There's a similar case for witches.  According to the Oxford English Dictionary, the word witch first appears without any negative connotation; it's not until several centuries later that a second usage appeared that was more or less synonymous with the idea of witches we have today--devil-worshipers or evil spirits (citation as soon as I get back to the library).  Even then, the clear-cut dichotomy of magic being always evil did not exist** and in fact didn't become the majority belief until the {late Middle Ages}.  Before then, the belief in the supernatural other than God lived side-by-side with a deep devotion to the Church.  One need only look at Ireland as late as the first half of the twentieth century.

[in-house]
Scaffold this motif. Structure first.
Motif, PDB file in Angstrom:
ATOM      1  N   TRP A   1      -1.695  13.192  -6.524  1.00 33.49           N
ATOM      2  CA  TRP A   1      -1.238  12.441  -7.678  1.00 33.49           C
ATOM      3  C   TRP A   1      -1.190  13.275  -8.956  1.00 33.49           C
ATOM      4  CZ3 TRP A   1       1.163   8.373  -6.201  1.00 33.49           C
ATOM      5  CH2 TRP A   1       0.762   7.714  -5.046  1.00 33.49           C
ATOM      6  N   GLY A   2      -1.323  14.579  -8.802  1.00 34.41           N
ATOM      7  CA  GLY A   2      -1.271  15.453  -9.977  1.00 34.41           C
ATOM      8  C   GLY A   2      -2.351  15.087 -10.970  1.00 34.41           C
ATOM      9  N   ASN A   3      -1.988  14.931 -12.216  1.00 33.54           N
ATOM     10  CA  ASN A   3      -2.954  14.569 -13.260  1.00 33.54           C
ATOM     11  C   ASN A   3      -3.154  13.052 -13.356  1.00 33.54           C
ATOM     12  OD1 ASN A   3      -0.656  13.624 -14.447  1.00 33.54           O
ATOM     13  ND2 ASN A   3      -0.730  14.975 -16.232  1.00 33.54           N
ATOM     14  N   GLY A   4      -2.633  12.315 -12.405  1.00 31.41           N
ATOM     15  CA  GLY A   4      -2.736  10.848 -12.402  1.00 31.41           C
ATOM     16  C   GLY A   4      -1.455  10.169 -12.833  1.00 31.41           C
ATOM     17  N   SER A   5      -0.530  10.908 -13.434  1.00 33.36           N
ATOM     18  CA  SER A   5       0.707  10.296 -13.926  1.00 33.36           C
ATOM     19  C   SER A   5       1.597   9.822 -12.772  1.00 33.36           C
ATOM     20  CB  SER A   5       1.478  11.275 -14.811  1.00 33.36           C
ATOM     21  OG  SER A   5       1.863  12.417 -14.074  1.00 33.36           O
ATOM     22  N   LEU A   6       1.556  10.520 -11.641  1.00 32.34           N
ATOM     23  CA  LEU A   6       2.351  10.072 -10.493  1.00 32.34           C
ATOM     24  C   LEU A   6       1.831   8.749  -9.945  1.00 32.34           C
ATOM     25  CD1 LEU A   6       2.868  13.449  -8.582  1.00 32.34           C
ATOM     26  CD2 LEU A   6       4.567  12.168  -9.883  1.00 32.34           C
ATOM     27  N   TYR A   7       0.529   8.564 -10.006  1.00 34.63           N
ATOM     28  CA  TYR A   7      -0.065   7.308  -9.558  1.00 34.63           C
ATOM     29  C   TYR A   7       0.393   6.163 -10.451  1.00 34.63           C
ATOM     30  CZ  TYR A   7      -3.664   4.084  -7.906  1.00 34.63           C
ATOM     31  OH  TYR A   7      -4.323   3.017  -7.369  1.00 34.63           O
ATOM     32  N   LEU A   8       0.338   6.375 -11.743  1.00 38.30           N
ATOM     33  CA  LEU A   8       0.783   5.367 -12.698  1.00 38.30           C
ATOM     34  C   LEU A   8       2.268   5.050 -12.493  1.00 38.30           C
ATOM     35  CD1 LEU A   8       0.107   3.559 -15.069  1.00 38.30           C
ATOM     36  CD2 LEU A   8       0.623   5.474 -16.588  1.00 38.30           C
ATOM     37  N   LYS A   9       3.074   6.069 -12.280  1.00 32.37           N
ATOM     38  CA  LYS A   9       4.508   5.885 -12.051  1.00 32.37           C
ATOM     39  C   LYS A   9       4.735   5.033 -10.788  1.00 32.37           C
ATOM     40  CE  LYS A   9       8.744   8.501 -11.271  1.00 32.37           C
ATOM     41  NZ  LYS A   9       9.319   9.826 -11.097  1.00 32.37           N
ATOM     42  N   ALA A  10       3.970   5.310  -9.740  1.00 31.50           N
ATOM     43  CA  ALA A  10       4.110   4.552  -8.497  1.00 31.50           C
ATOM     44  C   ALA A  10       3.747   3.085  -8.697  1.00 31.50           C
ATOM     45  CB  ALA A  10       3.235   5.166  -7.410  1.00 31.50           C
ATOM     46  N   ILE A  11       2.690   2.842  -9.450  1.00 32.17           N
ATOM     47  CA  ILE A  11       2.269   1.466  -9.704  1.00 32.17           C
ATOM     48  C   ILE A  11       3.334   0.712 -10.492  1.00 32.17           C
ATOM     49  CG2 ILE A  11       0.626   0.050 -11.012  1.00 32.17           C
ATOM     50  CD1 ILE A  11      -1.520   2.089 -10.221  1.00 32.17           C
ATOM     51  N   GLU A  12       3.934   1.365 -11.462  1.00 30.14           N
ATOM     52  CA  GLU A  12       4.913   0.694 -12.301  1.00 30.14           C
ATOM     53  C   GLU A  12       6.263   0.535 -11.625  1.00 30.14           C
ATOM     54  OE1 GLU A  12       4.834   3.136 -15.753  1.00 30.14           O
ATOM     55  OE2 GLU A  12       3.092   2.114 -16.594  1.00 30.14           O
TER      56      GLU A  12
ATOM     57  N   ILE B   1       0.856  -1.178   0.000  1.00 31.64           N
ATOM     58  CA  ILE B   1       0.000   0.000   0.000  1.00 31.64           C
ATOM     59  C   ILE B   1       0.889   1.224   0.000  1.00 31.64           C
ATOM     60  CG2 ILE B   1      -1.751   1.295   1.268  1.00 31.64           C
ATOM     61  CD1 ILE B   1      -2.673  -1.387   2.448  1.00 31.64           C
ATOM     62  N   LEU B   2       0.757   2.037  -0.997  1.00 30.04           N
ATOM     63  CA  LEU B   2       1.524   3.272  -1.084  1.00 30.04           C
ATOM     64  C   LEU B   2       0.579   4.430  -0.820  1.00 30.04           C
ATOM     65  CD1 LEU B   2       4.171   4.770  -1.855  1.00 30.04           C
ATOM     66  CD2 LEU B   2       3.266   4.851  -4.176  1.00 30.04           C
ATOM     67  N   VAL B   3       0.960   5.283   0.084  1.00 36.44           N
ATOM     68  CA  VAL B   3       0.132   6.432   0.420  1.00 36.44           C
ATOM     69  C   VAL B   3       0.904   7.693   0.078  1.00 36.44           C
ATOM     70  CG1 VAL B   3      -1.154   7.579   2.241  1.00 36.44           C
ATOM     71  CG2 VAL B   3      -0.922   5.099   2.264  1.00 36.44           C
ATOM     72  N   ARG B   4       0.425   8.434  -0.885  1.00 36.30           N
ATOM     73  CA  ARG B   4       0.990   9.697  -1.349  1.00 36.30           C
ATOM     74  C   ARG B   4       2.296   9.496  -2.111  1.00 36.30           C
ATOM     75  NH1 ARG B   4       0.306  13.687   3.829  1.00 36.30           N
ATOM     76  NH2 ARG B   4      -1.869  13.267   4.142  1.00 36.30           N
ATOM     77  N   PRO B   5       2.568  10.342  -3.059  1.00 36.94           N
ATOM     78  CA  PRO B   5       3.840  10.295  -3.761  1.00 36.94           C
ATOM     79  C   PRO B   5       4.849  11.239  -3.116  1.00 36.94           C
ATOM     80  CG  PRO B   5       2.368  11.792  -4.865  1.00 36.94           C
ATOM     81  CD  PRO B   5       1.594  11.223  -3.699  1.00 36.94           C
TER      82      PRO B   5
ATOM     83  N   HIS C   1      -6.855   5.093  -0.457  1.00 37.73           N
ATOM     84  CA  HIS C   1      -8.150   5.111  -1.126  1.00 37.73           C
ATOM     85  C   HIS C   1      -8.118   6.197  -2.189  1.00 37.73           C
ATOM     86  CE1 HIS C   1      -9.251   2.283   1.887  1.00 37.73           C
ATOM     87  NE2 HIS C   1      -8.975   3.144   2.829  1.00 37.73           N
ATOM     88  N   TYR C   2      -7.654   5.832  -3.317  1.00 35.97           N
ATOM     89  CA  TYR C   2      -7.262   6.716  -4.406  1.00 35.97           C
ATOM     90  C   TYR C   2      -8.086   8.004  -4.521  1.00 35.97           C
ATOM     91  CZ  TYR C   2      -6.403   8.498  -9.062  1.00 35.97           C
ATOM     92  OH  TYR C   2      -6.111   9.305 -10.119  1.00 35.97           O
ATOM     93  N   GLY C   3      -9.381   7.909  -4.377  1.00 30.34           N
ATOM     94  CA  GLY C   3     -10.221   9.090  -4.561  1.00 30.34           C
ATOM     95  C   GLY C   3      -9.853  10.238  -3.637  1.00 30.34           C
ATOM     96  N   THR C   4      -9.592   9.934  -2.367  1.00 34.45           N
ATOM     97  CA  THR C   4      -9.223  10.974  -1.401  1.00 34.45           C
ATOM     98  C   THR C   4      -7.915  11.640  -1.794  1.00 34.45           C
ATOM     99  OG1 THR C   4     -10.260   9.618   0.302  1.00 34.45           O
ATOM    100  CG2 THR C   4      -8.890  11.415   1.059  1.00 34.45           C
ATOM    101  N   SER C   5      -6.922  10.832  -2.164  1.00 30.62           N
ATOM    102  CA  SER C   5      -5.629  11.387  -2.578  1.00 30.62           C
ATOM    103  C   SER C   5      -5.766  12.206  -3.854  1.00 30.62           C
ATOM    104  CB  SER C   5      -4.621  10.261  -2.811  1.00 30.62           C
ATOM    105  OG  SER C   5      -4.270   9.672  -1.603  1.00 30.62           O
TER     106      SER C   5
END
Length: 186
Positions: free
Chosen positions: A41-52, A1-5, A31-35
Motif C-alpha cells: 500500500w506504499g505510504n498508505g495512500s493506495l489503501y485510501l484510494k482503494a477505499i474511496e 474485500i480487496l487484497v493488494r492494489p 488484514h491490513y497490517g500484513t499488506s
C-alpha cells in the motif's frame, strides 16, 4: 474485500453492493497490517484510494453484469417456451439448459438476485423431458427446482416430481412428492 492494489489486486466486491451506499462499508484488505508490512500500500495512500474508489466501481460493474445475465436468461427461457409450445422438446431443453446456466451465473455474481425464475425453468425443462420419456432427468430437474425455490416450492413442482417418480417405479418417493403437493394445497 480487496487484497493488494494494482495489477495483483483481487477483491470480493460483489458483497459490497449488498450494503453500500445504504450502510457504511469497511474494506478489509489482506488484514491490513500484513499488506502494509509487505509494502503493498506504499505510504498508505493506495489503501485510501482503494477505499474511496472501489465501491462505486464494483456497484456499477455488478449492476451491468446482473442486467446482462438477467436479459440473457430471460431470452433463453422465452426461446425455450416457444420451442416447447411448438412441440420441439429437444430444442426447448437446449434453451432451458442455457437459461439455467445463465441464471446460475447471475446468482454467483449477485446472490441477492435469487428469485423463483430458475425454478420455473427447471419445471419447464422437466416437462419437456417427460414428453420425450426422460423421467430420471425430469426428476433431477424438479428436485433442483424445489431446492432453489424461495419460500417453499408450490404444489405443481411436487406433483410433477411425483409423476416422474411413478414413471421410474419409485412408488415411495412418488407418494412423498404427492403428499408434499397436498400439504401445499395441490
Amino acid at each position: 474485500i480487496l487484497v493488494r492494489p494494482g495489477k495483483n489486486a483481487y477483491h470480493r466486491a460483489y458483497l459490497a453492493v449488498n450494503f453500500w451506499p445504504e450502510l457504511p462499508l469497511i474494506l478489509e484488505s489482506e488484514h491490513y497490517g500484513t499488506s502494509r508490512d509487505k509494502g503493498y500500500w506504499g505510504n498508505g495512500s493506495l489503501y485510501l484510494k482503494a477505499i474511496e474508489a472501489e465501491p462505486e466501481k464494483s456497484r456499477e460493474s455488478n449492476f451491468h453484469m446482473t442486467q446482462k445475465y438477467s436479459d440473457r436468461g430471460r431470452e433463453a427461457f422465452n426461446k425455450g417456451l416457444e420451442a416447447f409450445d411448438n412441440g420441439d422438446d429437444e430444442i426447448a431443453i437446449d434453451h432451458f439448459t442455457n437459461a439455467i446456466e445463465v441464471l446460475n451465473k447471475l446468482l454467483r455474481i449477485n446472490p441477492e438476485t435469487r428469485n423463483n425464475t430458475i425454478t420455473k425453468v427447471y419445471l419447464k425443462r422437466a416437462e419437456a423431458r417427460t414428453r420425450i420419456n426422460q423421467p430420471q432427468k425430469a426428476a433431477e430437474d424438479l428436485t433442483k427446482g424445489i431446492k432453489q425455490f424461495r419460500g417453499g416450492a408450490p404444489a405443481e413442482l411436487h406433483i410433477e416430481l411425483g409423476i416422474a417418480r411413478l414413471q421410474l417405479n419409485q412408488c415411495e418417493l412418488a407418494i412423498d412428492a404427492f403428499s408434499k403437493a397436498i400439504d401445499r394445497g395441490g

I have a theory that the reason why no one saw a problem with this apparent hypocrisy was because it was kept in the proper order: God was Lord.  And the other creatures or ways were rendered impotent, with the sign of the Cross or a a consecrated Host.  Dracula illustrates a superb example of the sovereignty of Christ.  Modern supernatural thrillers would be over a lot sooner if they'd just call the exorcist to bring in the Eucharist.

Vampires are another archetype enjoying a great revival at the moment.  Though as far as I know, vampires have in every time and place been on the evil spectrum of archetype, I have no problem with the modern obsession of redeeming them . . . so long as it is done believably and does not indulge in what Flannery O'Connor calls "sin against art."  I think clinging to the original archetype of the vampire as something dangerous, depraved, and hungry for redemption (John 6:54, anyone?) is what makes him so attractive to modern readers--not that the archetype is inverted so that vampires now appear good rather than bad.***  Our generation is all too familiar with the attractiveness of evil . . . aware of the that strong, thin thread of the Holy Spirit, calling us to salvation.